After two days of interviews with a flight attendant who claimed an affair with Rep. Gary A. Condit, federal investigators Thursday expanded their probe into Chandra Levy's disappearance to examine whether the congressman attempted to obstruct justice, law enforcement authorities said.
Investigators are scrutinizing contentions by 39-year-old Seattle resident Ann Marie Smith that Condit, who is married and has two grown children, called her repeatedly after Levy's May 1 disappearance and urged her to sign an affidavit that would have denied any relationship.
FBI agents working on the Levy case are expected to interview others named by Smith during six hours of interviewing Wednesday and several more hours Thursday, an official said. Smith has said that a private investigator for San Francisco attorney Joseph Cotchett, once Condit's lawyer, sent her an affidavit that would have denied a "romantic relationship."
Abbe Lowell, Condit's Washington lawyer, could not be reached.
Lowell and District of Columbia police were still stalemated Thursday over the department's efforts to administer a polygraph test to the six-term congressman from Central California.
Meanwhile, police remained mum about the evidence taken by police and FBI forensics investigators from Condit's fourth-floor condominium in the Adams-Morgan section of Washington early Wednesday.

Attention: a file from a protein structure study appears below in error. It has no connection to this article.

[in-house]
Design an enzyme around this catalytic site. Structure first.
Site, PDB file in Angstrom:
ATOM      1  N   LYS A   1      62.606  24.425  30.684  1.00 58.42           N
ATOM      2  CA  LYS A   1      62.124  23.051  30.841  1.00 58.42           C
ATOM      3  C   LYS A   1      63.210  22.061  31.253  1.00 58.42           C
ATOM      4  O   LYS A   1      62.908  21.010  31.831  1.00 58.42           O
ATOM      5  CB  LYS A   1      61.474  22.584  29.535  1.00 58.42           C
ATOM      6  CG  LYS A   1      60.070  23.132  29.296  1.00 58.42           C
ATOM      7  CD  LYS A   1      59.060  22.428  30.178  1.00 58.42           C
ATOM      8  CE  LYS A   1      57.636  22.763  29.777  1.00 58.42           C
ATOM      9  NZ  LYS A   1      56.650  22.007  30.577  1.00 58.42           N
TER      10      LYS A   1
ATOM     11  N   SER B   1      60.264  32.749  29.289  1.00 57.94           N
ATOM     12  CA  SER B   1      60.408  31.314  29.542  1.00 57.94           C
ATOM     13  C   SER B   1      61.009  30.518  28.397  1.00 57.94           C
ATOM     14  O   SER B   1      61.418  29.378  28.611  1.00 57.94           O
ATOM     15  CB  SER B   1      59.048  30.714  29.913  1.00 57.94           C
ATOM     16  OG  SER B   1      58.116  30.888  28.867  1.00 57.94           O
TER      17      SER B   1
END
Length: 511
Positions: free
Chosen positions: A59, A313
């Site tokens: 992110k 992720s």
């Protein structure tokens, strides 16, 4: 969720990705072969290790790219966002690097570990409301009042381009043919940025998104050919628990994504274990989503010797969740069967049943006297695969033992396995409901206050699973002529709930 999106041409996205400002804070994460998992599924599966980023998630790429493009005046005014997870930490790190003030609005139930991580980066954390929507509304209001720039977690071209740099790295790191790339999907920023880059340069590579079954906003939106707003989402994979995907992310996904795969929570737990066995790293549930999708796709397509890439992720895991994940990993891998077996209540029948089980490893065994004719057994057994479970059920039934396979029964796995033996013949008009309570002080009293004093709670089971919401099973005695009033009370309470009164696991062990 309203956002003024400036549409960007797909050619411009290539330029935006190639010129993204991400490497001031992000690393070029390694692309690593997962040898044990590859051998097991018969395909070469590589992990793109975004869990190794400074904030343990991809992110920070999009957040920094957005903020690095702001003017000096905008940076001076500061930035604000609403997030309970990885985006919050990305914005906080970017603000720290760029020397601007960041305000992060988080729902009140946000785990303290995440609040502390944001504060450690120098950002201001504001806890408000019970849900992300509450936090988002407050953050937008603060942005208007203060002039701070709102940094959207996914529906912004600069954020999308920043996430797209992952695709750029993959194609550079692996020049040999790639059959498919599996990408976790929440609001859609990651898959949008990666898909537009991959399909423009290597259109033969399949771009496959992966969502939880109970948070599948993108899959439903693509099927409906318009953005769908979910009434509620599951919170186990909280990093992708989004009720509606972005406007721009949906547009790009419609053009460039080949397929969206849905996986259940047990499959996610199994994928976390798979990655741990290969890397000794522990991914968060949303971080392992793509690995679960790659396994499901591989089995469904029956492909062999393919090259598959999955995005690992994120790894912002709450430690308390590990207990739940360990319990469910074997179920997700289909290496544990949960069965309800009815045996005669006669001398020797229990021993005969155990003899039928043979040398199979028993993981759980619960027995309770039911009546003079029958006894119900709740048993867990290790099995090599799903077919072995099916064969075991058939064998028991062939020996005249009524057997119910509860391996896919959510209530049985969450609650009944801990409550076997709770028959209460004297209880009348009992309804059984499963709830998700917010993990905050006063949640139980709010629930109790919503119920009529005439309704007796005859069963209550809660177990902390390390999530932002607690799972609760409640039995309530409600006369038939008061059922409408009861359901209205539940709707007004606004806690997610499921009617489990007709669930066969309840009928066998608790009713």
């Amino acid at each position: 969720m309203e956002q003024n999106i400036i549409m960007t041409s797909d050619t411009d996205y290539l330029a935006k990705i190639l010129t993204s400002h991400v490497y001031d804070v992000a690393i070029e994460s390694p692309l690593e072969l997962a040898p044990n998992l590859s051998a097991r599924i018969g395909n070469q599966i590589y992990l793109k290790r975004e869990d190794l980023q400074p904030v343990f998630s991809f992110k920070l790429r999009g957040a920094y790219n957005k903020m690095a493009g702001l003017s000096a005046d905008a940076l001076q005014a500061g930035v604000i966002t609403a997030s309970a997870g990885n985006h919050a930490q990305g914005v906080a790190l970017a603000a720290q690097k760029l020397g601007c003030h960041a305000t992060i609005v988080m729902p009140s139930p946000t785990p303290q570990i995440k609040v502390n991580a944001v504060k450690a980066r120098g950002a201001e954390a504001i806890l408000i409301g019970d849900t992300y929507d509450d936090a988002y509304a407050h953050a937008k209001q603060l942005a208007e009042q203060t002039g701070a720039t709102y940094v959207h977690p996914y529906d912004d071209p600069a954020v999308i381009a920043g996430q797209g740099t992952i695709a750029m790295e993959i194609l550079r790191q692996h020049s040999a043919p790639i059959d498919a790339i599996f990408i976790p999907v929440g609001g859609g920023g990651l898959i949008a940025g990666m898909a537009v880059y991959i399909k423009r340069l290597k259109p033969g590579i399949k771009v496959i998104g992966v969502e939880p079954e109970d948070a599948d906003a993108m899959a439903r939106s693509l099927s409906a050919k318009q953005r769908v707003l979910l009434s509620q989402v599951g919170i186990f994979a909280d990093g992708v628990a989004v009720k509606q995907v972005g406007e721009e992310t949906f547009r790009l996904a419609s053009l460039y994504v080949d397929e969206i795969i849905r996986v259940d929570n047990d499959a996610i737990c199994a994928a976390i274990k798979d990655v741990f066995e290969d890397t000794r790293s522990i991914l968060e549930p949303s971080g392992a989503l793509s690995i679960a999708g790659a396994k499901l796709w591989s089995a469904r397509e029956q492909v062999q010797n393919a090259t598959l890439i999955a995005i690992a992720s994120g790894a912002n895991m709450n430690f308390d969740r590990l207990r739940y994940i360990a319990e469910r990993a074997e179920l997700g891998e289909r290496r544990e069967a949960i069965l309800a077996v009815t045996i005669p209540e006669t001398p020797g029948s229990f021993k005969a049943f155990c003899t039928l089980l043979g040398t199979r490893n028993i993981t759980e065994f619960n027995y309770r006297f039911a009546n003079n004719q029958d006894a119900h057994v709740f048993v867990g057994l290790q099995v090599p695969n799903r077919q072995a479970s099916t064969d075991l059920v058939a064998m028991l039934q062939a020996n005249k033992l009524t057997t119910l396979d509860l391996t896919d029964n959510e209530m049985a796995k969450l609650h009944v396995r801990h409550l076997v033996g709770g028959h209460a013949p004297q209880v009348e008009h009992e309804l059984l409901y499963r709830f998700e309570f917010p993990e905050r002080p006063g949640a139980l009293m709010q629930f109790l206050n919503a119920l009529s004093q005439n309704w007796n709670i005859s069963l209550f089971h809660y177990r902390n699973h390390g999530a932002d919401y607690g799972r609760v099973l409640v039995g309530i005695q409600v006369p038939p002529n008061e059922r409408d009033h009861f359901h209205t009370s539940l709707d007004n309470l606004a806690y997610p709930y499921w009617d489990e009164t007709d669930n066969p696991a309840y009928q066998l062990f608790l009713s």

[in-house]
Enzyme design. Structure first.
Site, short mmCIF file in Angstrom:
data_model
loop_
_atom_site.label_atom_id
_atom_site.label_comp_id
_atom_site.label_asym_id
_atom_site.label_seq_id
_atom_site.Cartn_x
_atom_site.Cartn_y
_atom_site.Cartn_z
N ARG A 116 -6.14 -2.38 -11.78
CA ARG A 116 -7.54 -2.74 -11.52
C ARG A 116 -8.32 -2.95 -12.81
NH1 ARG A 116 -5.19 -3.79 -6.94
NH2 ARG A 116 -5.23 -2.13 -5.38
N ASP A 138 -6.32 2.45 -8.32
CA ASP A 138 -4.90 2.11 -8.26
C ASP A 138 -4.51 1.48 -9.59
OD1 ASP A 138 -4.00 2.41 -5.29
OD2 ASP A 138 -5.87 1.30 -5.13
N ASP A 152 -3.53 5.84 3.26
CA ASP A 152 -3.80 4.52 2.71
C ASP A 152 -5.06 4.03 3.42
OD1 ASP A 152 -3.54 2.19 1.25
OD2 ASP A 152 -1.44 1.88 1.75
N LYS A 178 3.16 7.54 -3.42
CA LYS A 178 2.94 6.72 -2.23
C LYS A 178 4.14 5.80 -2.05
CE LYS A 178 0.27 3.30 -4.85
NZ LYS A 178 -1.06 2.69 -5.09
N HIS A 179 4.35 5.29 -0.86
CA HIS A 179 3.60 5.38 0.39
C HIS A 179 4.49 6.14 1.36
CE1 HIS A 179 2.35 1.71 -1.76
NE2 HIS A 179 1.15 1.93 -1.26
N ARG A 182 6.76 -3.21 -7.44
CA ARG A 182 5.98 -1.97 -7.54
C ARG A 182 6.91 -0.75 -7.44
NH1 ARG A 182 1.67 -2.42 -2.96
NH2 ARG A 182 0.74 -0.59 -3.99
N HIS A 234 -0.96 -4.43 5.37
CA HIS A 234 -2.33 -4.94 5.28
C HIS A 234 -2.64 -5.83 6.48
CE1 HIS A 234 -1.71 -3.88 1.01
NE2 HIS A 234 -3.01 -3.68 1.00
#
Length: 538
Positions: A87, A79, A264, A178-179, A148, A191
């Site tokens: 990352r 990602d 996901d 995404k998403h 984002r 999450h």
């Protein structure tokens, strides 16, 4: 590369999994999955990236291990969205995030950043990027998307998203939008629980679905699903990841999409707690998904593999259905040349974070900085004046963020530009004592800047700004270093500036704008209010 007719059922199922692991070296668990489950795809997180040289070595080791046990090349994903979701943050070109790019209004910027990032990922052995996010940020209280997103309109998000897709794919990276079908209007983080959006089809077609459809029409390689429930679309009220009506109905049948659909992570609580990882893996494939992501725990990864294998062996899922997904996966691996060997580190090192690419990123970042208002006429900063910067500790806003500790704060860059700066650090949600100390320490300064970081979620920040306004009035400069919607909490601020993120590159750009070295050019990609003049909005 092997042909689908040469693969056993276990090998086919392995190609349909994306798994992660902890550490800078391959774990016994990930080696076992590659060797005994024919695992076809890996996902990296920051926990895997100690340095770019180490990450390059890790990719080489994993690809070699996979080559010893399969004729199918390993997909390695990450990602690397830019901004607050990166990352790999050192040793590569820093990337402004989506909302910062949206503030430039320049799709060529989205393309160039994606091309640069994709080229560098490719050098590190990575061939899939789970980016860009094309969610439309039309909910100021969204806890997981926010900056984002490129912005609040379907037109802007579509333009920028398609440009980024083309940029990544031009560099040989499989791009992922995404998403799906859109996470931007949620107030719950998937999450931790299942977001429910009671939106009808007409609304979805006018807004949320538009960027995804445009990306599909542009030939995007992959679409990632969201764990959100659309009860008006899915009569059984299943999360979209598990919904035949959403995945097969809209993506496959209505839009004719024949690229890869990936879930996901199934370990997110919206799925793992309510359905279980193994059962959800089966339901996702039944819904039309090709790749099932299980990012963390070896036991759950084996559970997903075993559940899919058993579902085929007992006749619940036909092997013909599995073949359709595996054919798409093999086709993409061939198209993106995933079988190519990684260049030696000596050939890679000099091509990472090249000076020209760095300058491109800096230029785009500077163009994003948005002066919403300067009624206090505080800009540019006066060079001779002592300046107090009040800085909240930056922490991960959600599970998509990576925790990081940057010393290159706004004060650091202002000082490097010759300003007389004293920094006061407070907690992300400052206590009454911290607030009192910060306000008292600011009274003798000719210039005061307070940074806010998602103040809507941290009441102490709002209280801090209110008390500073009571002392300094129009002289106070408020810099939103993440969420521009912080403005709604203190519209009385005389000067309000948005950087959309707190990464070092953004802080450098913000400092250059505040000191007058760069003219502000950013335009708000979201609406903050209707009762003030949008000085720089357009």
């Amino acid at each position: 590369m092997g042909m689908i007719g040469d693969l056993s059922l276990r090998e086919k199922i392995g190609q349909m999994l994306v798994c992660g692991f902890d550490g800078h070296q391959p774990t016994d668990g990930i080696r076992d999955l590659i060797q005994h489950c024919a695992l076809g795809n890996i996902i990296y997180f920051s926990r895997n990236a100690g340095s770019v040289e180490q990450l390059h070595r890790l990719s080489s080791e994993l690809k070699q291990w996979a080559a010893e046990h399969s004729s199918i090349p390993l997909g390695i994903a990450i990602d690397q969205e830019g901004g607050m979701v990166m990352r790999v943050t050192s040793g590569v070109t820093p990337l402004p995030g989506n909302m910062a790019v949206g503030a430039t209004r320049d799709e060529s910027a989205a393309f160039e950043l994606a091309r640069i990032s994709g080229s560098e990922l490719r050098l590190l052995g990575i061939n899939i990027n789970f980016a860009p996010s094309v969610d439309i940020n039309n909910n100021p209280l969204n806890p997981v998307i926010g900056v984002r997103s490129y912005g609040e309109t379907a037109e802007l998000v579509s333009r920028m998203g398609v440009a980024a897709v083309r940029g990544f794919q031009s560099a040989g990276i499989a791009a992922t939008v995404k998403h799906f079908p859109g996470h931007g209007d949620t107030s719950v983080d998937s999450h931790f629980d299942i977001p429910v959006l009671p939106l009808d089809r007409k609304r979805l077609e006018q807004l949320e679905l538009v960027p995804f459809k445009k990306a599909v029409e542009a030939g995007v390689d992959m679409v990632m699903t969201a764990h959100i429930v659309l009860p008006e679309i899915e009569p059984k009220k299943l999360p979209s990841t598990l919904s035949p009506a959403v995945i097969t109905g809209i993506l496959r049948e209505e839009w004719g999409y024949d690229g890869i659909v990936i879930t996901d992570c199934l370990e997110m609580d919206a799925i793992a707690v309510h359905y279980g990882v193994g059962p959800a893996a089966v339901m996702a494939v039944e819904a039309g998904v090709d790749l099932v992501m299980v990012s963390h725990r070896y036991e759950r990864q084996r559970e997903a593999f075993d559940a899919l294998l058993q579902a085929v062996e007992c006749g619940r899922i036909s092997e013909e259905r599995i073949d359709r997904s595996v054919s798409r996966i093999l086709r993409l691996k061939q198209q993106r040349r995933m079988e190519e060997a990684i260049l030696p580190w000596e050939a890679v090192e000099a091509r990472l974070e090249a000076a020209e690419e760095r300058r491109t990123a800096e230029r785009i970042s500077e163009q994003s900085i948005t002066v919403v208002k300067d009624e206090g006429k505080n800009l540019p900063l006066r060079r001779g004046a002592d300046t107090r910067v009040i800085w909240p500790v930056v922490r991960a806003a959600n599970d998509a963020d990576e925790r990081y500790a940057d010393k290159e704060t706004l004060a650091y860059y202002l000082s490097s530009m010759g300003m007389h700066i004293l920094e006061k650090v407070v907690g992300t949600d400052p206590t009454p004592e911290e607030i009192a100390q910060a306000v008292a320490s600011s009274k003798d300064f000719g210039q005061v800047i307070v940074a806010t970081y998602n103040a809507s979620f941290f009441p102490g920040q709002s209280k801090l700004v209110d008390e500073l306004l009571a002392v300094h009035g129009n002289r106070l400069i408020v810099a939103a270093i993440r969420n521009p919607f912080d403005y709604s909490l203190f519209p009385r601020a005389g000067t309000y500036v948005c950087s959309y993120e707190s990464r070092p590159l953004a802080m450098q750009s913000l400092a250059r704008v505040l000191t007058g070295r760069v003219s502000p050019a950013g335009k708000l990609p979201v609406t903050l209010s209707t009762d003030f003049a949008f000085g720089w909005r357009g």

Police also began searching abandoned buildings in dilapidated parts of the nation's capital.
The widening federal investigation into Condit's dealings with the United Airlines flight attendant does not imply that the congressman has become a criminal suspect in Chandra Levy's disappearance, the official said Thursday.
"As new leads arise, you have to see where they take you," the official said, adding that the obstruction of justice probe is "an expansion of the underlying missing persons investigation."
The official generally confirmed Smith's own reconstruction Wednesday night on Fox News that investigators had questioned her in detail about her alleged affair with Condit.
Smith has said that Condit called her repeatedly in June after his office learned that the Star tabloid was preparing an article about her and Condit. Soon after, FBI agents also contacted Smith.
In mid-June, a private investigator for Cotchett sent Smith a proposed affidavit that would have denied any relationship.
A copy of the affidavit, made available to The Times, reads: "I do not and have not had a relationship with Congressman Condit other than being acquainted with him." Printed at the bottom of the document is the name "Ann Marie Smith"--without a signature.
A July 3 statement from Cotchett's office said that the affidavit had been requested by James Robinson, Smith's Seattle lawyer.
But Smith and Robinson contend that Condit made repeated phone calls to the flight attendant in the days that followed, urging her to sign the document. She said she refused to do so.
Media: Condit coverage goes awry, Howard Rosenberg writes. But at CBS, there's no story. F1